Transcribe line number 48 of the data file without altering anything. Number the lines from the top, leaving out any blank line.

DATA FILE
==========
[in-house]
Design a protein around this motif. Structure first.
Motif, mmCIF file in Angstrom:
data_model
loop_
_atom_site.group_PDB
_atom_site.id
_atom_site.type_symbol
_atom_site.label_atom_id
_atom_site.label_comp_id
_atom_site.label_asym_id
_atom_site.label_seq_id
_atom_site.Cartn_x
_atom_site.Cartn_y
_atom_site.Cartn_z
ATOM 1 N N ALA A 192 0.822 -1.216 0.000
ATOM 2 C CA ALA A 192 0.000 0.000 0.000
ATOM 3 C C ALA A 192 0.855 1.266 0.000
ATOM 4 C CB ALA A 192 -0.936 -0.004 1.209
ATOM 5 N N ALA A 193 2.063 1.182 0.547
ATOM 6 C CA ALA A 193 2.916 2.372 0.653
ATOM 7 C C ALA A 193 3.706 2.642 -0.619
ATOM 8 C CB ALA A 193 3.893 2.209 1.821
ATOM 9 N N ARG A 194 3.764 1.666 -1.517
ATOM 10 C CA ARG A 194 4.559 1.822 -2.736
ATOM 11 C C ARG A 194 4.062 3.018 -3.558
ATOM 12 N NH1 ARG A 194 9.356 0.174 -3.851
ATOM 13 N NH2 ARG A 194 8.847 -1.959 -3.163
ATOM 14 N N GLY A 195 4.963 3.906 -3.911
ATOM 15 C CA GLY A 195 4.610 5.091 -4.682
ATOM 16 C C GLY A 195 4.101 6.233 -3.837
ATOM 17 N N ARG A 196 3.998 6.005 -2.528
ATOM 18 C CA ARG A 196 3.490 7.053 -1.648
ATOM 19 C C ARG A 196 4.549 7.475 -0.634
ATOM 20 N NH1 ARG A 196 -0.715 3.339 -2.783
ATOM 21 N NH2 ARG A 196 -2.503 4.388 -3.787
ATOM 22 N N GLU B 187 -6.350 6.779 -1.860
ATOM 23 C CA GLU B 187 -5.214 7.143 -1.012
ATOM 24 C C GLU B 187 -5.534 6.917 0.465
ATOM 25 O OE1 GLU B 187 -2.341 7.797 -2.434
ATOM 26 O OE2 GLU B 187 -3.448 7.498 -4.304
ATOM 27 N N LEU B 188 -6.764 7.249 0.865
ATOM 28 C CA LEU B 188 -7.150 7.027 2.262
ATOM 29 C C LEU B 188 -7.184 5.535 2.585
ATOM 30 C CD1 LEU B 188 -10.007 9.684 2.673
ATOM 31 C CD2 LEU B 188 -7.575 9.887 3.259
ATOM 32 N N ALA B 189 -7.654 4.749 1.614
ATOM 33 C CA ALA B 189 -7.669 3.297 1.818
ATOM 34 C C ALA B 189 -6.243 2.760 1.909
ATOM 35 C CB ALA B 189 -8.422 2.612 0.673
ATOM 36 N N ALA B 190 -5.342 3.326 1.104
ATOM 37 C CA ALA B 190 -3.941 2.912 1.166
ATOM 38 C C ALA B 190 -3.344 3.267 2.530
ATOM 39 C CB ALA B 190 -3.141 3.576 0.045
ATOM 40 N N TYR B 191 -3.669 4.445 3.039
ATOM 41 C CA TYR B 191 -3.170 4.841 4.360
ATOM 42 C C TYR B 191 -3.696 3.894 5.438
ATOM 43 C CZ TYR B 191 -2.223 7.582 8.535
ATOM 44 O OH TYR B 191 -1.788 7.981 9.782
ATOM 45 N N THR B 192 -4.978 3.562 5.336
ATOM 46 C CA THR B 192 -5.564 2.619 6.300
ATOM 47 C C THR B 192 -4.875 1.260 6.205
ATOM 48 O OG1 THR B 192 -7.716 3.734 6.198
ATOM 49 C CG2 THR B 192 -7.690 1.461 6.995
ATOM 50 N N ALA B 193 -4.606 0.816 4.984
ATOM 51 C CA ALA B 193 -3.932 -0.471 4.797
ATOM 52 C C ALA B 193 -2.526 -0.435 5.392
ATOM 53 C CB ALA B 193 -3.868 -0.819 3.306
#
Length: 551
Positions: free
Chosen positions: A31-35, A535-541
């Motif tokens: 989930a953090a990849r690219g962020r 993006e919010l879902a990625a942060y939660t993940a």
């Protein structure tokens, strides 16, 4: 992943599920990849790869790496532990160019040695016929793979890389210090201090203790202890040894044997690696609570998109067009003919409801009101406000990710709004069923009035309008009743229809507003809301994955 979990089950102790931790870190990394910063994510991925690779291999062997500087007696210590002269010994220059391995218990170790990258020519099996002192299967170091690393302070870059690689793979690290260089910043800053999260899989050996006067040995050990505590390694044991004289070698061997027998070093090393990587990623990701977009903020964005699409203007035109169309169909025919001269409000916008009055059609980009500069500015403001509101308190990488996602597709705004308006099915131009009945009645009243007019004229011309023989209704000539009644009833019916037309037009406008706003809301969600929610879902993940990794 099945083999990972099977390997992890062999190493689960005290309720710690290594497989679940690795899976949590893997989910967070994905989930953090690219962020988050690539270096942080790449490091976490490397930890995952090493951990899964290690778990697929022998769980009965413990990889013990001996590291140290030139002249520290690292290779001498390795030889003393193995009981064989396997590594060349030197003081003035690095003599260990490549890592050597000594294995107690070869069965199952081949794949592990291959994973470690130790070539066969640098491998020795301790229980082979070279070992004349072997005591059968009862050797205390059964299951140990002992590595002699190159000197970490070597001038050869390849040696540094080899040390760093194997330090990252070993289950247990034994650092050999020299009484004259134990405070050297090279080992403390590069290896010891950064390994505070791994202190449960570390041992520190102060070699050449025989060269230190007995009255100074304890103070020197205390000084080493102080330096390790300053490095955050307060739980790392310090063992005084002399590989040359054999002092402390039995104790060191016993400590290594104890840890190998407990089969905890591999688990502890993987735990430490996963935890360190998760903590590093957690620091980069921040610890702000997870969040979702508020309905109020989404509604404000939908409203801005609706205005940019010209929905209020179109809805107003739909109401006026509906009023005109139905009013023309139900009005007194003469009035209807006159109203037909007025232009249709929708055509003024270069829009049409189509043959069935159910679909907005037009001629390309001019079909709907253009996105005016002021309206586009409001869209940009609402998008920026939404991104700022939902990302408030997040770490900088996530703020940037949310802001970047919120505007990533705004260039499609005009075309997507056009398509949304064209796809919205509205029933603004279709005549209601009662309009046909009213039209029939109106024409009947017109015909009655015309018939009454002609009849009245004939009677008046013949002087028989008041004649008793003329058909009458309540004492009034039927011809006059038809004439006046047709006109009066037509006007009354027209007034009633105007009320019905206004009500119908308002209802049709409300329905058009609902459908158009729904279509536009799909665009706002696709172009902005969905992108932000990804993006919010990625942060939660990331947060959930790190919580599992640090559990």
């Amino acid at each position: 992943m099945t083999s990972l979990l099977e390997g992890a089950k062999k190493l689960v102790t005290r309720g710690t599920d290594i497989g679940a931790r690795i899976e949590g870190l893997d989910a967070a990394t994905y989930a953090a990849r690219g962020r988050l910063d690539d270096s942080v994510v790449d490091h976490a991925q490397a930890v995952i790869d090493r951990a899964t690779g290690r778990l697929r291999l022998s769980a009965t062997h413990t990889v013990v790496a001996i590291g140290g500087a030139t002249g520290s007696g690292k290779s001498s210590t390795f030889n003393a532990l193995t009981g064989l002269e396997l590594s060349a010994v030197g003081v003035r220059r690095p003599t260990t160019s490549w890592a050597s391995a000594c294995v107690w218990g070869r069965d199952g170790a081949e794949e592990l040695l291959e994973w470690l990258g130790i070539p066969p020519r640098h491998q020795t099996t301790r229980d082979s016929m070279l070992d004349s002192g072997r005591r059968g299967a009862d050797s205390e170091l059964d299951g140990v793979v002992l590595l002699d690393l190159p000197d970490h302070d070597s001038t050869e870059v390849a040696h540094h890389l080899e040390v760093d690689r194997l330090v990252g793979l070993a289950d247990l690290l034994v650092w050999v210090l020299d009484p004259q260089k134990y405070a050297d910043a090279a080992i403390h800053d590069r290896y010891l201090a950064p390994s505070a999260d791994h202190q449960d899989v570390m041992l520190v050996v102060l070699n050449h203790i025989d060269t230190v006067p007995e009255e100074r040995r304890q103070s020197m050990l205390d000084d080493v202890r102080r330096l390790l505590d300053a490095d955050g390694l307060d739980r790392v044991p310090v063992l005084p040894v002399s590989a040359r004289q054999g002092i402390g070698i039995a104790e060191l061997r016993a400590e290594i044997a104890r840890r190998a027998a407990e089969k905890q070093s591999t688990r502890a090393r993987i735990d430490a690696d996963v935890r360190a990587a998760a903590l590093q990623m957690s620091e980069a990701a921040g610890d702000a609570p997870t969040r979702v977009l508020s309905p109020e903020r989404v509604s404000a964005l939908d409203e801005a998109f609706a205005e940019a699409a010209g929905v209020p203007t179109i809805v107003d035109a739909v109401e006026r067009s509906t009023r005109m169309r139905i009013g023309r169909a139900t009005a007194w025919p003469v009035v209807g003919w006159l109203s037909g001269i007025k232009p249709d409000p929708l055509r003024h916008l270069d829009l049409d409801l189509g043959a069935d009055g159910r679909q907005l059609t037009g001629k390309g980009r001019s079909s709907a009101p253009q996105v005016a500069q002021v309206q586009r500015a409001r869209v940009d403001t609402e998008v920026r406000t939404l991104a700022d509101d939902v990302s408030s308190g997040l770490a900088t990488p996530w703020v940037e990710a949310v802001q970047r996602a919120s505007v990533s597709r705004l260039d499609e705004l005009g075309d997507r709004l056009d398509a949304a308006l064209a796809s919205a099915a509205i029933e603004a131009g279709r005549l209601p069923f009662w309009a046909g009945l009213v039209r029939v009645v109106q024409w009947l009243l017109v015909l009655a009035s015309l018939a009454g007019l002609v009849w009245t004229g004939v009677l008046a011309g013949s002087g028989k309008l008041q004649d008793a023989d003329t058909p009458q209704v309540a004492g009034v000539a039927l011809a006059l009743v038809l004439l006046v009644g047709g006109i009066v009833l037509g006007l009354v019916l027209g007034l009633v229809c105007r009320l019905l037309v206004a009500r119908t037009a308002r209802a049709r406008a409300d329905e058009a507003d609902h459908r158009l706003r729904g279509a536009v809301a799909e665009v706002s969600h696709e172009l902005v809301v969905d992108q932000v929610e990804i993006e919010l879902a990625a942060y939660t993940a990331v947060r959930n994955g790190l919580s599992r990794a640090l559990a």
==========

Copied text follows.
ATOM 33 C CA ALA B 189 -7.669 3.297 1.818